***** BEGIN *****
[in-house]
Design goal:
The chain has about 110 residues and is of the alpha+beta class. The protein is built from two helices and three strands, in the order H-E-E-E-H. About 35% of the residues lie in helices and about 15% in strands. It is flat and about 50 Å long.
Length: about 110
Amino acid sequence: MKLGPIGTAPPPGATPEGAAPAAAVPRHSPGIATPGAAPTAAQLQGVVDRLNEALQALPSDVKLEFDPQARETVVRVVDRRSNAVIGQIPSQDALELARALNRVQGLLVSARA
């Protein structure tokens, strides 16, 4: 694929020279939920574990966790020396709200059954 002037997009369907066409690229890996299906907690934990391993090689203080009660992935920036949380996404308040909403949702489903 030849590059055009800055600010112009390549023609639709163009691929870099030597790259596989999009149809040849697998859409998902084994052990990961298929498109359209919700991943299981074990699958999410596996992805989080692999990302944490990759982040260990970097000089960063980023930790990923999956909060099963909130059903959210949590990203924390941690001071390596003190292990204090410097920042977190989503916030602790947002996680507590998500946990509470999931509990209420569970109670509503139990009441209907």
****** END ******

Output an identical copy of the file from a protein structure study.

[in-house]
Design goal:
The chain has about 110 residues and is of the alpha+beta class. The protein is built from two helices and three strands, in the order H-E-E-E-H. About 35% of the residues lie in helices and about 15% in strands. It is flat and about 50 Å long.
Length: about 110
Amino acid sequence: MKLGPIGTAPPPGATPEGAAPAAAVPRHSPGIATPGAAPTAAQLQGVVDRLNEALQALPSDVKLEFDPQARETVVRVVDRRSNAVIGQIPSQDALELARALNRVQGLLVSARA
């Protein structure tokens, strides 16, 4: 694929020279939920574990966790020396709200059954 002037997009369907066409690229890996299906907690934990391993090689203080009660992935920036949380996404308040909403949702489903 030849590059055009800055600010112009390549023609639709163009691929870099030597790259596989999009149809040849697998859409998902084994052990990961298929498109359209919700991943299981074990699958999410596996992805989080692999990302944490990759982040260990970097000089960063980023930790990923999956909060099963909130059903959210949590990203924390941690001071390596003190292990204090410097920042977190989503916030602790947002996680507590998500946990509470999931509990209420569970109670509503139990009441209907």